• "Arterial blood was manually sampled at 15-s intervals for the first 2 min 30 s, then at 3, 4, 6, 8, 10, 15, 20, 30, 40, 50, 60, 75, and 90 min. Radioactivity in plasma was quantified by a gamma-counter and analysed by reverse-phase chromatography to separate parent radioligand from radiometabolites (Zoghbi et al., 2006). "
    [Show abstract] [Hide abstract]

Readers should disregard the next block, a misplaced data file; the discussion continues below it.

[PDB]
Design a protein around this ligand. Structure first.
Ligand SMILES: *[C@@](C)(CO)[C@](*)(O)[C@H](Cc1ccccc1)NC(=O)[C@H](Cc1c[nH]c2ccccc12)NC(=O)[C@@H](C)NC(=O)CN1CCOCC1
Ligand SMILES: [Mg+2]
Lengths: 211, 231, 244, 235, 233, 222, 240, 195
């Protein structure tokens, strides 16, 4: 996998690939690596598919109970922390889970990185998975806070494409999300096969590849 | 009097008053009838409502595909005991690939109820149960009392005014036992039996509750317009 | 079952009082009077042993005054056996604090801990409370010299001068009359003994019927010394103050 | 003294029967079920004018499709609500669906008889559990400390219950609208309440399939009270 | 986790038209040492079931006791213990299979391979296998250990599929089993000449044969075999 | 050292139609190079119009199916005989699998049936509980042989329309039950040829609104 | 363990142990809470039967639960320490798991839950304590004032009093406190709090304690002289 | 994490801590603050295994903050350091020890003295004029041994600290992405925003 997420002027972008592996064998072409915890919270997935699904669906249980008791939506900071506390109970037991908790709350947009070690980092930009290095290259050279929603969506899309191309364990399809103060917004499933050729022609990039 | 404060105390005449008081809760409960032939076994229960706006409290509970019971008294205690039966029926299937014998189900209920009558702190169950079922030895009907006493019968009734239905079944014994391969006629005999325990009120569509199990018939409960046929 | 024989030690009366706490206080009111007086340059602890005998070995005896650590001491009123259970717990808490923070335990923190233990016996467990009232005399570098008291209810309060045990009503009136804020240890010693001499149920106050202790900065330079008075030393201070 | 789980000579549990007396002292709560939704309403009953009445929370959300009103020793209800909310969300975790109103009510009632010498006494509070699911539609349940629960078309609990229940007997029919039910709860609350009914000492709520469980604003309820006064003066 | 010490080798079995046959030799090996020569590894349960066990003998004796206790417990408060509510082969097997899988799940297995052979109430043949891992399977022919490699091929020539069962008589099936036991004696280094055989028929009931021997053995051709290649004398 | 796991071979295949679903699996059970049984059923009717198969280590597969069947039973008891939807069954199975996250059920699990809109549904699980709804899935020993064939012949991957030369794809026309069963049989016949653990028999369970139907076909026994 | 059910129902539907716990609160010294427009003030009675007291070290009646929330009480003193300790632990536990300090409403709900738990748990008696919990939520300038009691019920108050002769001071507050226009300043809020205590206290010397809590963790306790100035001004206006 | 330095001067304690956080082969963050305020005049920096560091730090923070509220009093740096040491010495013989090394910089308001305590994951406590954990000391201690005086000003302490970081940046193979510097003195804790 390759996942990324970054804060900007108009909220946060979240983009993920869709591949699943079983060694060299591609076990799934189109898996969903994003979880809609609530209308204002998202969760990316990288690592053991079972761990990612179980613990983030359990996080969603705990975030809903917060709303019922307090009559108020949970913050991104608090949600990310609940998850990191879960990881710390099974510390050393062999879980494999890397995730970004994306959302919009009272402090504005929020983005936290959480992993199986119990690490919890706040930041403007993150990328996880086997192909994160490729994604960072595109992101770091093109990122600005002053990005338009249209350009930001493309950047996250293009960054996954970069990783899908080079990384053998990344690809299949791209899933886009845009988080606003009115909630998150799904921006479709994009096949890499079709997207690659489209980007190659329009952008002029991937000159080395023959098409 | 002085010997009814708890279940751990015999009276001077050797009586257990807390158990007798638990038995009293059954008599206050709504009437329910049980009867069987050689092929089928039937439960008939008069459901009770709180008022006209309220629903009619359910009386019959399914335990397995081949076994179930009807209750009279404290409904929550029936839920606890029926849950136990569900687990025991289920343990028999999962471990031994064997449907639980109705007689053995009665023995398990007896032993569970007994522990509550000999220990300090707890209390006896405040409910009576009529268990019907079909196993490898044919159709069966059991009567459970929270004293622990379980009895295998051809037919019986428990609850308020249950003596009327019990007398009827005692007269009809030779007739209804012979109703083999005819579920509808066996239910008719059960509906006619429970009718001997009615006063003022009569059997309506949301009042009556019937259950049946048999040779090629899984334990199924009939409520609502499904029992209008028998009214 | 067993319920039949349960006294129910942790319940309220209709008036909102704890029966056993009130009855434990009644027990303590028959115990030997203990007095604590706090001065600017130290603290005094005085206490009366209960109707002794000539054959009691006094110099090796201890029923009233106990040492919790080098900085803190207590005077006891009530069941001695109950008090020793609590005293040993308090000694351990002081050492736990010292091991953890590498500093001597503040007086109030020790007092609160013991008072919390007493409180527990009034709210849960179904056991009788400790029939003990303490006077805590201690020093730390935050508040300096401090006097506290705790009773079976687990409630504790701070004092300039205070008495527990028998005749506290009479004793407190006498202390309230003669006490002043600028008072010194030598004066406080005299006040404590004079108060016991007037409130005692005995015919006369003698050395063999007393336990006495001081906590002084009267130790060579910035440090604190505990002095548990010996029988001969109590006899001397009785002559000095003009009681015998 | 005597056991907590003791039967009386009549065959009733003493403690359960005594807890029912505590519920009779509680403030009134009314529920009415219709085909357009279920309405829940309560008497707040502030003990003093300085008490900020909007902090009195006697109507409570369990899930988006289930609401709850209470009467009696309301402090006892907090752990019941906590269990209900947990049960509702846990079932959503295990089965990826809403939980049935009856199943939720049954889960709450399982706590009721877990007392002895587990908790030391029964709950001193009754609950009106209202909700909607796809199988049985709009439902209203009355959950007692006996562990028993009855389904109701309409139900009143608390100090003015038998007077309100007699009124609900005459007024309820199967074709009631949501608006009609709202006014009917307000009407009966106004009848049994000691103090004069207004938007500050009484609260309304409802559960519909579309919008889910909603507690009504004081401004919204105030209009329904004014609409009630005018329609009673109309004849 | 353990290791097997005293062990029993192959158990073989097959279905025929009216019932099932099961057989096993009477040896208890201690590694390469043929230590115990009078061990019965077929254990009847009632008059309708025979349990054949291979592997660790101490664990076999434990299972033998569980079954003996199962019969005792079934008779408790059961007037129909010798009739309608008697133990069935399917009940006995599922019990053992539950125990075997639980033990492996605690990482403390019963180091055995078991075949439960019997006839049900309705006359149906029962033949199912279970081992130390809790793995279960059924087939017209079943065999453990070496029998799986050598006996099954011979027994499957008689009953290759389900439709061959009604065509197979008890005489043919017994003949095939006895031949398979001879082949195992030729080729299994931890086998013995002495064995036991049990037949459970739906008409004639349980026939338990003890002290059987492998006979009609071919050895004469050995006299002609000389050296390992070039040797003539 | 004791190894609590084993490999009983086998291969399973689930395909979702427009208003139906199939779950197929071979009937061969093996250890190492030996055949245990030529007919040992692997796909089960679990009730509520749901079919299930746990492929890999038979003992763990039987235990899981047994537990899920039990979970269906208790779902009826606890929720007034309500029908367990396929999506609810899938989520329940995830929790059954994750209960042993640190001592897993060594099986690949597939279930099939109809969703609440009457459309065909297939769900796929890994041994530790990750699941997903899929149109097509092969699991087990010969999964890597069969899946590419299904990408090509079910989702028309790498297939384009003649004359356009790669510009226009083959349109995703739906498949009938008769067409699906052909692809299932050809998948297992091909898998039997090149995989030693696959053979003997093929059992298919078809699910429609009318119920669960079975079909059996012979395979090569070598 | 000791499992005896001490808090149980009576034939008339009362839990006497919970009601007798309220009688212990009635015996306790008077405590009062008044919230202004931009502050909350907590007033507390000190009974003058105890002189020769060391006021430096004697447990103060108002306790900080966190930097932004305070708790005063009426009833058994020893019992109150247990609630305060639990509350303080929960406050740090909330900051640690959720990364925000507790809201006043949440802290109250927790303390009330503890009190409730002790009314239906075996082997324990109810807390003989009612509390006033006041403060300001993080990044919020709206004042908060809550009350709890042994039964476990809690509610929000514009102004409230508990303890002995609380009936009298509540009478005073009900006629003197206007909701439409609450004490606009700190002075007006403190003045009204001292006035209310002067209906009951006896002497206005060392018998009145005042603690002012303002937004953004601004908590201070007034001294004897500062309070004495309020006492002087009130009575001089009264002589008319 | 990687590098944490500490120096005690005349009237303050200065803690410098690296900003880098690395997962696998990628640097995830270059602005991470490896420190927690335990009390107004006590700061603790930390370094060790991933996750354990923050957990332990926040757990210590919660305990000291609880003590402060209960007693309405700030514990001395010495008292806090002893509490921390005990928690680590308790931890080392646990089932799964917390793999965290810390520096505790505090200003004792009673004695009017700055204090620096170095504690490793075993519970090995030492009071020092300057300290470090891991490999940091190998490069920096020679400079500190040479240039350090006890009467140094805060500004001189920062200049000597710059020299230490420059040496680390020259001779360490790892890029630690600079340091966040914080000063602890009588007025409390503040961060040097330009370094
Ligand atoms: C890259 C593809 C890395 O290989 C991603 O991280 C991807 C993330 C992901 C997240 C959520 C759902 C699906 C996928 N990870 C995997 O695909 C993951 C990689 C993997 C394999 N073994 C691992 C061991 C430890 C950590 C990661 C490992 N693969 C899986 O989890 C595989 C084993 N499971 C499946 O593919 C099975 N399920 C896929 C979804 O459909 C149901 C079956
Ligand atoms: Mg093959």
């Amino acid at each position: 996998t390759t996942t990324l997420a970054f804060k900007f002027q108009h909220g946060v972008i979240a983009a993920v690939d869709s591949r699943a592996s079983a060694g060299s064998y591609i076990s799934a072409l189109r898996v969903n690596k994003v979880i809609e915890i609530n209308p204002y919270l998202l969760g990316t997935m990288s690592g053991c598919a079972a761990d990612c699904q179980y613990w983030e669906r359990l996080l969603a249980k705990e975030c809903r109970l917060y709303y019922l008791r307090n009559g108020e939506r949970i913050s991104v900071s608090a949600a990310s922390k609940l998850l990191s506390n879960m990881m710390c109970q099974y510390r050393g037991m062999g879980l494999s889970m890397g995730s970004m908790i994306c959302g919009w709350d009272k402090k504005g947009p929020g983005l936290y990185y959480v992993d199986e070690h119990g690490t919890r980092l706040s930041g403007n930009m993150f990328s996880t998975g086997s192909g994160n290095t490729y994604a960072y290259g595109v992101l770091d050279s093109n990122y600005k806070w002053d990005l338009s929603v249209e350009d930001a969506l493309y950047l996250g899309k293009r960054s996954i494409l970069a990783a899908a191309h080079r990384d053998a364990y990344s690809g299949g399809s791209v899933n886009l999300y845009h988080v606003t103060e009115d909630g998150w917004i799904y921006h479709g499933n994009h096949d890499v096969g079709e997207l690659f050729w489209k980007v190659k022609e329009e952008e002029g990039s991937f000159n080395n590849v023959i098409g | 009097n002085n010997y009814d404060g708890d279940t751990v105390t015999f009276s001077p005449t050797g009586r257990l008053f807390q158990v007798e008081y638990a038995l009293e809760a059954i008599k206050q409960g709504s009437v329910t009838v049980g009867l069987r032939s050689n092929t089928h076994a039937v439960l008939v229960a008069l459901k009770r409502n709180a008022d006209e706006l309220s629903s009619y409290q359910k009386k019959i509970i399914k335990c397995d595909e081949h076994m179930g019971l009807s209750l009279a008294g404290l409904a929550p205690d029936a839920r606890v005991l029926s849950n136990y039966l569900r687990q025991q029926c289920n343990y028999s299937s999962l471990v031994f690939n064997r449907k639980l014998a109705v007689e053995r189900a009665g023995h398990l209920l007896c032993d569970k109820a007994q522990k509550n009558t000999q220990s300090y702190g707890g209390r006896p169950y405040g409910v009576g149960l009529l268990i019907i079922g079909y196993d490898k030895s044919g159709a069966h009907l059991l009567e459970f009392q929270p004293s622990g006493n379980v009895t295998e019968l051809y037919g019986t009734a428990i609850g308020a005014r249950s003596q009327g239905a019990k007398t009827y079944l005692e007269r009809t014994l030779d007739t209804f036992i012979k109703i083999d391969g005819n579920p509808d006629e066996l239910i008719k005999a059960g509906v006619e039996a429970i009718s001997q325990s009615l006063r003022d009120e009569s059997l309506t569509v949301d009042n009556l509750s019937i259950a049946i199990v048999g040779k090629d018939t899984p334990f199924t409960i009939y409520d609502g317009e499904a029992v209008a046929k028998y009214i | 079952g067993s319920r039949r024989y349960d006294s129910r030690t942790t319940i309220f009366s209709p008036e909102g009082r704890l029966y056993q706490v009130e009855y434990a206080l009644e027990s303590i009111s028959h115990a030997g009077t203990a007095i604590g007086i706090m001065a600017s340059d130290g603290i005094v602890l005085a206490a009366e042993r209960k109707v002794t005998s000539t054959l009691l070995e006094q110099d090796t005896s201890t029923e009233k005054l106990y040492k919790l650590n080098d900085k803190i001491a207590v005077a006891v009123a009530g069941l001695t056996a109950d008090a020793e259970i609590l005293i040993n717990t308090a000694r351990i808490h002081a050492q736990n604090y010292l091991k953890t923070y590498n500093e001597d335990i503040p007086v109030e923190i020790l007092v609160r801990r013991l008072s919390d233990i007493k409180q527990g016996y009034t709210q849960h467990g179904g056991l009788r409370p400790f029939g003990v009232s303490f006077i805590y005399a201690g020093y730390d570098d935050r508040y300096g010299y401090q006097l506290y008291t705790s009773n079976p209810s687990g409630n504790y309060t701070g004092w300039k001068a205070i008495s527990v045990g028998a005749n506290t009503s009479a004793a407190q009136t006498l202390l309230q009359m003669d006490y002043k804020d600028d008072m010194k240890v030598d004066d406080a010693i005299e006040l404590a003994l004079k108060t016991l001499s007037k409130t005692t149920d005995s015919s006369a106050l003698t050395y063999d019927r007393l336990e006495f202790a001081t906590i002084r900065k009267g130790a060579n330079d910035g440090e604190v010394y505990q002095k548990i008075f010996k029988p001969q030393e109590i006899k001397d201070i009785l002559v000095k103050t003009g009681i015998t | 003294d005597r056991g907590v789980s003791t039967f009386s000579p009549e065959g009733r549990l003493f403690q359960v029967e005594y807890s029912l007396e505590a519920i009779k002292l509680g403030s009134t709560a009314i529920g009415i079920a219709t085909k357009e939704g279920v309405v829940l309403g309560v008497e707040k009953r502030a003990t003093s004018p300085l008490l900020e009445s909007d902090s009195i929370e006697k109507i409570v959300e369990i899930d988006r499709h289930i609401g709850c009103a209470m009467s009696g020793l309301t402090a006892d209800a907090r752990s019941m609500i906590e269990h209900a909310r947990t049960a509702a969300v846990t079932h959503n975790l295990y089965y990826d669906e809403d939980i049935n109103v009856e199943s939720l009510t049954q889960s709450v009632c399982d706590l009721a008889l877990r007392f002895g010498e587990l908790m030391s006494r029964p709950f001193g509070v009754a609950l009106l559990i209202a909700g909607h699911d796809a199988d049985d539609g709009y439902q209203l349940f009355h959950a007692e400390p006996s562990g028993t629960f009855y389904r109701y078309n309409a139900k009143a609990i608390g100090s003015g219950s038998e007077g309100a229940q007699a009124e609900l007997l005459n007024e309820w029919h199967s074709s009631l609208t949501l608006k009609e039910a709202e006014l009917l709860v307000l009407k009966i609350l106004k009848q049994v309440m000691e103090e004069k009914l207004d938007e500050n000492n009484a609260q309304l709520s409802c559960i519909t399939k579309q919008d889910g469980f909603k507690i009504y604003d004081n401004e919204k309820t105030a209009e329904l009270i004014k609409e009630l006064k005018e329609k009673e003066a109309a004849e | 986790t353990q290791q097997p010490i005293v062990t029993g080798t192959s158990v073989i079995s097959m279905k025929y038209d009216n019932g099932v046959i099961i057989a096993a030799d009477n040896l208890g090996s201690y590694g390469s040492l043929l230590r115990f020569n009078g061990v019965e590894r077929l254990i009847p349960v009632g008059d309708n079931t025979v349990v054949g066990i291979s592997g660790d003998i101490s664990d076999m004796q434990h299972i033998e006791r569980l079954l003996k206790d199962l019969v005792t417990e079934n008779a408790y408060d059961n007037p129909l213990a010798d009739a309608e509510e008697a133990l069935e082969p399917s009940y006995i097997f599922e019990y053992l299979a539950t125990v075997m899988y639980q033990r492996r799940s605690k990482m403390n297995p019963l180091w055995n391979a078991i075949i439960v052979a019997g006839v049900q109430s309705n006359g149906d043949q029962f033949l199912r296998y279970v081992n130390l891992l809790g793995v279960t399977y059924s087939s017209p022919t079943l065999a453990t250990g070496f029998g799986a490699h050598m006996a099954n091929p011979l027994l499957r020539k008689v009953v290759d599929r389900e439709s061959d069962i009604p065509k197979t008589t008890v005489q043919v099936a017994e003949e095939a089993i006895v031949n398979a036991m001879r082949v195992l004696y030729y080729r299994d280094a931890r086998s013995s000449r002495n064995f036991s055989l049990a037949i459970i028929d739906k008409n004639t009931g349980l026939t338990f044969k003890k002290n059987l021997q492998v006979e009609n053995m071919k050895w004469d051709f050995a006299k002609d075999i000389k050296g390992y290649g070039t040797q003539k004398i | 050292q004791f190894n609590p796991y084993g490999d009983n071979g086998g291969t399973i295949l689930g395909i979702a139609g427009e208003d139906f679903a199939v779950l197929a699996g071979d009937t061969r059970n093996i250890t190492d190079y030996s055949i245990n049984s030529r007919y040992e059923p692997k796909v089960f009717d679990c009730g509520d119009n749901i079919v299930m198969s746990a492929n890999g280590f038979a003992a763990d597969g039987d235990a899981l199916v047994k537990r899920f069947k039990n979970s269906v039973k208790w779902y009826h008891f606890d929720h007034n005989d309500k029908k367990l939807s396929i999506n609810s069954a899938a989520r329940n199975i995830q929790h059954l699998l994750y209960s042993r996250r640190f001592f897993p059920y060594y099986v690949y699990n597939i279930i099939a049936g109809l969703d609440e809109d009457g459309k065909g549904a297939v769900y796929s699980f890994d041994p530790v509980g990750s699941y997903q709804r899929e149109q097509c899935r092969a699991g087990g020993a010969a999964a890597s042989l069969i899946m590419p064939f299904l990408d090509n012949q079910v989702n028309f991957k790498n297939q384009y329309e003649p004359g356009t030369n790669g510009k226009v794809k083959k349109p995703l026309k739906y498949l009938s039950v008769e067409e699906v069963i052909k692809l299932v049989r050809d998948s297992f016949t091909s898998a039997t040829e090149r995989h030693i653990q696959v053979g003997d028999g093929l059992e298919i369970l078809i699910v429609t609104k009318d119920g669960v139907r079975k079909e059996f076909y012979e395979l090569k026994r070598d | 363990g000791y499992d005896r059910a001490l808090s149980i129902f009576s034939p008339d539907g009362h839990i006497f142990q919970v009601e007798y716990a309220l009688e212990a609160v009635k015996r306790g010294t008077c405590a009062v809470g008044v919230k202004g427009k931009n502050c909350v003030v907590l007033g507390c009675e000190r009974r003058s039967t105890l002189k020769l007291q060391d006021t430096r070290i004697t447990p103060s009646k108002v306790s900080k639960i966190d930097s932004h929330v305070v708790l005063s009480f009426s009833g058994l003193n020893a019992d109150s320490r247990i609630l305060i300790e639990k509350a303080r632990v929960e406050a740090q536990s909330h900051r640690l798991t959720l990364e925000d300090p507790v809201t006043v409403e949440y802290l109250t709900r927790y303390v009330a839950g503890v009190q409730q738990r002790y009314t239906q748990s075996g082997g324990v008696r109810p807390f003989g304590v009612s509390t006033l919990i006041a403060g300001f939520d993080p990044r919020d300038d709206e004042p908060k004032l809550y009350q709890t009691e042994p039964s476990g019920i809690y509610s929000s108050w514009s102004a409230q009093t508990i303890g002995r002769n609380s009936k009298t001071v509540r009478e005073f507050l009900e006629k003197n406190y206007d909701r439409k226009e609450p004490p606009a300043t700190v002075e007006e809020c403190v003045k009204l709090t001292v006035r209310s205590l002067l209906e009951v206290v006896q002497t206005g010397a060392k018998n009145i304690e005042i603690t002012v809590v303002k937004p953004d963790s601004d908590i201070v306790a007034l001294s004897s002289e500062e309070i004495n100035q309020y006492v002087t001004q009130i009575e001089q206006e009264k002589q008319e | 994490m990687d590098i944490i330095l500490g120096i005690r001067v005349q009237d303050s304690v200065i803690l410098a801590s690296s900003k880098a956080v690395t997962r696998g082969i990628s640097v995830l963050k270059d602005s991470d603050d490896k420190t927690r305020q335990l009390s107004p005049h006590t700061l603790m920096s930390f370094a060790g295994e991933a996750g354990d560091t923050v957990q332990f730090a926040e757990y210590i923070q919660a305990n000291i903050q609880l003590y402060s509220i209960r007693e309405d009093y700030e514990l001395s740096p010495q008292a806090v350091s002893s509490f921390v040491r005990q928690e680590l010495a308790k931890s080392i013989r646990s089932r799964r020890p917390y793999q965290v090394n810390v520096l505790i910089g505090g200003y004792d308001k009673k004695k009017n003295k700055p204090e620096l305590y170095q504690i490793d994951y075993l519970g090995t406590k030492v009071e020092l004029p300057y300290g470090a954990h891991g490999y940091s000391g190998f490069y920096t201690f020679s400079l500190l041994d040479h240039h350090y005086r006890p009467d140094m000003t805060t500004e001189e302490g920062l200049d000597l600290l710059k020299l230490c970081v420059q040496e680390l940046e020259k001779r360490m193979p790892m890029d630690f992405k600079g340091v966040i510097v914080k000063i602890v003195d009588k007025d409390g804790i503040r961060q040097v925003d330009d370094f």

ABSTRACT: Neuroinflammation is a pathological hallmark of Alzheimer's disease, but its role in cognitive impairment and its course of development during the disease are largely unknown. To address these unknowns, we used positron emission tomography with (11)C-PBR28 to measure translocator protein 18 kDa (TSPO), a putative biomarker for inflammation. Patients with Alzheimer's disease, patients with mild cognitive impairment and older control subjects were also scanned with (11)C-Pittsburgh Compound B to measure amyloid burden. Twenty-nine amyloid-positive patients (19 Alzheimer's, 10 mild cognitive impairment) and 13 amyloid-negative control subjects were studied. The primary goal of this study was to determine whether TSPO binding is elevated in patients with Alzheimer's disease, and the secondary goal was to determine whether TSPO binding correlates with neuropsychological measures, grey matter volume, (11)C-Pittsburgh Compound B binding, or age of onset. Patients with Alzheimer's disease, but not those with mild cognitive impairment, had greater (11)C-PBR28 binding in cortical brain regions than controls. The largest differences were seen in the parietal and temporal cortices, with no difference in subcortical regions or cerebellum. (11)C-PBR28 binding inversely correlated with performance on Folstein Mini-Mental State Examination, Clinical Dementia Rating Scale Sum of Boxes, Logical Memory Immediate (Wechsler Memory Scale Third Edition), Trail Making part B and Block Design (Wechsler Adult Intelligence Scale Third Edition) tasks, with the largest correlations observed in the inferior parietal lobule. (11)C-PBR28 binding also inversely correlated with grey matter volume. Early-onset (<65 years) patients had greater (11)C-PBR28 binding than late-onset patients, and in parietal cortex and striatum (11)C-PBR28 binding correlated with lower age of onset. Partial volume corrected and uncorrected results were generally in agreement; however, the correlation between (11)C-PBR28 and (11)C-Pittsburgh Compound B binding was seen only after partial volume correction. The results suggest that neuroinflammation, indicated by increased (11)C-PBR28 binding to TSPO, occurs after conversion of mild cognitive impairment to Alzheimer's disease and worsens with disease progression. Greater inflammation may contribute to the precipitous disease course typically seen in early-onset patients. (11)C-PBR28 may be useful in longitudinal studies to mark the conversion from mild cognitive impairment or to assess response to experimental treatments of Alzheimer's disease.